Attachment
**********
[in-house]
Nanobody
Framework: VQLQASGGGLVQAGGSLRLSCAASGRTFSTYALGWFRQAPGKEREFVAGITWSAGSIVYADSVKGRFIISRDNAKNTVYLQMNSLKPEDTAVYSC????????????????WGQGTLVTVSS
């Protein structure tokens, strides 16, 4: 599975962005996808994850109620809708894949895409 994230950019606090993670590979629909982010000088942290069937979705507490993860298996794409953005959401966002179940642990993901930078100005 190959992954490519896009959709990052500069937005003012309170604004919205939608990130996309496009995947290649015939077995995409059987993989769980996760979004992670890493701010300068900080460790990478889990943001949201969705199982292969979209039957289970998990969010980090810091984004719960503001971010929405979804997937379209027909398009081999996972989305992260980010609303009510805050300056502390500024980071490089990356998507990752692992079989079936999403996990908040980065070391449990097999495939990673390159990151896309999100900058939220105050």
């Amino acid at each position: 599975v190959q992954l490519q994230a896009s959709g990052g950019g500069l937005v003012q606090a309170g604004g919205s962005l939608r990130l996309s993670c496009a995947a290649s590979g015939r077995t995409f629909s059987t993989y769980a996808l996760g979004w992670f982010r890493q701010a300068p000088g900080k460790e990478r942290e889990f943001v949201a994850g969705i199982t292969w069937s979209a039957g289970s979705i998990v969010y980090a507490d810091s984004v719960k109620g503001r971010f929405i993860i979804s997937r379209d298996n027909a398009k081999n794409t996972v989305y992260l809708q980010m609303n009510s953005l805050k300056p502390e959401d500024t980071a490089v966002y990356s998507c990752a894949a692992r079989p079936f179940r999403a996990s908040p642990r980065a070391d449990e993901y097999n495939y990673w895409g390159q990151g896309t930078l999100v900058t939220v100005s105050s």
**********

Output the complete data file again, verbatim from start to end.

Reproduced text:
[in-house]
Nanobody
Framework: VQLQASGGGLVQAGGSLRLSCAASGRTFSTYALGWFRQAPGKEREFVAGITWSAGSIVYADSVKGRFIISRDNAKNTVYLQMNSLKPEDTAVYSC????????????????WGQGTLVTVSS
């Protein structure tokens, strides 16, 4: 599975962005996808994850109620809708894949895409 994230950019606090993670590979629909982010000088942290069937979705507490993860298996794409953005959401966002179940642990993901930078100005 190959992954490519896009959709990052500069937005003012309170604004919205939608990130996309496009995947290649015939077995995409059987993989769980996760979004992670890493701010300068900080460790990478889990943001949201969705199982292969979209039957289970998990969010980090810091984004719960503001971010929405979804997937379209027909398009081999996972989305992260980010609303009510805050300056502390500024980071490089990356998507990752692992079989079936999403996990908040980065070391449990097999495939990673390159990151896309999100900058939220105050």
């Amino acid at each position: 599975v190959q992954l490519q994230a896009s959709g990052g950019g500069l937005v003012q606090a309170g604004g919205s962005l939608r990130l996309s993670c496009a995947a290649s590979g015939r077995t995409f629909s059987t993989y769980a996808l996760g979004w992670f982010r890493q701010a300068p000088g900080k460790e990478r942290e889990f943001v949201a994850g969705i199982t292969w069937s979209a039957g289970s979705i998990v969010y980090a507490d810091s984004v719960k109620g503001r971010f929405i993860i979804s997937r379209d298996n027909a398009k081999n794409t996972v989305y992260l809708q980010m609303n009510s953005l805050k300056p502390e959401d500024t980071a490089v966002y990356s998507c990752a894949a692992r079989p079936f179940r999403a996990s908040p642990r980065a070391d449990e993901y097999n495939y990673w895409g390159q990151g896309t930078l999100v900058t939220v100005s105050s």